This course will cover the mathematical theory and analysis of simple games without chance moves.

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From the course by Georgia Institute of Technology

Games without Chance: Combinatorial Game Theory

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This course will cover the mathematical theory and analysis of simple games without chance moves.

From the lesson

Week 5: Simplifying Games

The topics for this fifth week is Simplifying games: Dominating moves, reversible moves. Students will be able to simplify simple games.

- Dr. Tom MorleyProfessor

School of Mathematics

>> Hey, welcome back. Good to see you, although I can't really

Â see you, but I'm looking that way and it looks like I can see you.

Â Okay. What are we doing now?

Â Examples from up, down, and star. Now, and the general reversible move.

Â This is probably one of the most subtle things we've done in the whole course.

Â And it's not something that's easily converted into hand computations and

Â examples. So if this seems like you have to go back

Â and look at it over and over again that's okay it's, it's something that, that's,

Â that's a little bit a little bit more Complicated than some of the other stuff

Â we've done. What I want to do is look at the general

Â reversible moves and then do an example. And the example is very, very small, so

Â what's really going on in, in talking about reversible moves is this is And

Â what's part of the general engine inside computer programs that analyze these

Â things. And although we can compute small examples

Â by hand, you can't really do much bigger examples by hand.

Â So bear with me, so here's a whole lot of text.

Â Just and this is, is a the definition of reversible moves in games without chance,

Â so we start off with the game which says certain left options and moves and certain

Â right options and moves then we say this game reverses through one of the left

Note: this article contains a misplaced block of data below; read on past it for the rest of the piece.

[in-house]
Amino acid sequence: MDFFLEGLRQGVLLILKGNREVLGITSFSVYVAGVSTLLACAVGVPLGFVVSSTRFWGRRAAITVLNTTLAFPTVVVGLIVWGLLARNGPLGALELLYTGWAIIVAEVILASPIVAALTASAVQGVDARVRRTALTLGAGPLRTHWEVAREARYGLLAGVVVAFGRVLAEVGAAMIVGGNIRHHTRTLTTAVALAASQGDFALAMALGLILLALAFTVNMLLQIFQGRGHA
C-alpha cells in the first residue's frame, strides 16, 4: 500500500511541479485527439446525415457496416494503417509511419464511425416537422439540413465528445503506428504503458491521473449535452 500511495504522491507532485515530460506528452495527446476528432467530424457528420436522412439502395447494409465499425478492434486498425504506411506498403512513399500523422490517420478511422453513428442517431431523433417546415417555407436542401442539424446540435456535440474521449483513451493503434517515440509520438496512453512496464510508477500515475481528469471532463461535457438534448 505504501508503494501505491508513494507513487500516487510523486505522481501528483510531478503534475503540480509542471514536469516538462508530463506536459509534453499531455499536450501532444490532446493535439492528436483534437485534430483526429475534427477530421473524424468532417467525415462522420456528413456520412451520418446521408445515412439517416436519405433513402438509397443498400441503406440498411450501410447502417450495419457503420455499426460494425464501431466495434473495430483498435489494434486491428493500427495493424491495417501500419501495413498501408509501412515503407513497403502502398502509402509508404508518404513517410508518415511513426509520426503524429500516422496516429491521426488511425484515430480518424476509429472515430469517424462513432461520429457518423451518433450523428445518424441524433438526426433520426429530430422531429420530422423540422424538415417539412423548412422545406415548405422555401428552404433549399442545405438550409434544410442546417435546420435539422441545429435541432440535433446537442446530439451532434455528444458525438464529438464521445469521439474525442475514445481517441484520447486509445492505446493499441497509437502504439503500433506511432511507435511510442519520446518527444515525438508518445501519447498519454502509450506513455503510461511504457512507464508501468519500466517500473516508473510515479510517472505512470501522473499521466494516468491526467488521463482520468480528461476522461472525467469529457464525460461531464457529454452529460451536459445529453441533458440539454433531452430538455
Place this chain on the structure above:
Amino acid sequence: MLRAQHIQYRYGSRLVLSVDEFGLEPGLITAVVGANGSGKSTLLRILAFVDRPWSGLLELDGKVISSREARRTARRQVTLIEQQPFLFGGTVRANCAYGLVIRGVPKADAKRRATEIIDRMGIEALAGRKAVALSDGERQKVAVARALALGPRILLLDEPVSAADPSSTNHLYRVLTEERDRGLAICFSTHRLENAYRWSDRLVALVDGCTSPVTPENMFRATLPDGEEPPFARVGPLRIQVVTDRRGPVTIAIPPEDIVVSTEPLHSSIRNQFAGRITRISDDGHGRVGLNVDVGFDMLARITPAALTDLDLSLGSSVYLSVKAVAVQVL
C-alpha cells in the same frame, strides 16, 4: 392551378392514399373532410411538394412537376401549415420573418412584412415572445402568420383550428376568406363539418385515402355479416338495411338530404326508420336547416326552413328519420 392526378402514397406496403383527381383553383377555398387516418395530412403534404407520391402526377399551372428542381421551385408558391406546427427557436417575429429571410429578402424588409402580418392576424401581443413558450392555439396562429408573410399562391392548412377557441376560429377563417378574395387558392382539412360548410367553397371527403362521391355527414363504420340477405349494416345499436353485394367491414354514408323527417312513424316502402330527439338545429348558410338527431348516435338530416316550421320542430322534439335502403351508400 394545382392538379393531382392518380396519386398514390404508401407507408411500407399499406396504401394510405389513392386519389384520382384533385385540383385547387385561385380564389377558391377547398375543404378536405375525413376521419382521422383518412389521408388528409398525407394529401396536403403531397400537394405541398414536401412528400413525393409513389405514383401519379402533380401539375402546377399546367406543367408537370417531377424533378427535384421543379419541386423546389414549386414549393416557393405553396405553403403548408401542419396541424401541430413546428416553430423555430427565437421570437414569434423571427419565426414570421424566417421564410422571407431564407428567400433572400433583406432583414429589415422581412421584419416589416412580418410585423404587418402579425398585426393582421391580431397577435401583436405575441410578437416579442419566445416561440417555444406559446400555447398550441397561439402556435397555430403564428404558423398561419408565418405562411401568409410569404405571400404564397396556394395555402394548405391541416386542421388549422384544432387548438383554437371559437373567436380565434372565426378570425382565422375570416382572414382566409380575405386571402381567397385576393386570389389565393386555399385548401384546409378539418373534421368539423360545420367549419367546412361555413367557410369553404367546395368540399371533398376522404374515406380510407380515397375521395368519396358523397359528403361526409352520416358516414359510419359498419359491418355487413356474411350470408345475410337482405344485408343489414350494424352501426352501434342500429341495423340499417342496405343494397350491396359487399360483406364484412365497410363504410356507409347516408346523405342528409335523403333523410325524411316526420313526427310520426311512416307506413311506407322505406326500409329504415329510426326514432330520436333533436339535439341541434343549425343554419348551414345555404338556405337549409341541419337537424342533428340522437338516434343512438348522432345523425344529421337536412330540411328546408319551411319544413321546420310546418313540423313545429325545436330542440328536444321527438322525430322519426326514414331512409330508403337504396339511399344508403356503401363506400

Â options Or left moves. If there is a right move of this left

Â option, call that aR. With aR better for G, better for right

Â than G is, so remember is a game is less it's better for right.

Â So this means aR is better for right than G was to begin with.

Â So think about it this way. Left moves to a then right immediately

Â moves to one of the options inside a namely aR and right now is better off than

Â when right started. So right may as well do that.

Â All left moves to A right immediately is better off by moving to AR is better off

Â than, than he or she was when the game started.

Â In that case right, may as well do this all the time whenever left moves to a.

Â And, and therefor left might as well move directly to the right opt, left options of

Â they are. Rather then rather than to a, itself.

Â Now, that's a little bit complicated. We'll look at an example, so don't panic

Â yet. Alright.

Â I, I read some book that had this in it, right?

Â I've forgotten what the book was. Don't panic.

Â Okay, it was a book of advice, and whatever you asked it, it said Don't

Â panic. All right, so don't panic.

Â Now, in games we always have to look at things from the point of view of left and

Â the point of view of right. So, here is the analog for reversing

Â through a right move. Now, so here's an example.

Â And feel free to go back and look at these definitions again.

Â Ask questions about them in the forum. And to re-look at this example.

Â So here's the example. The example is up plus star.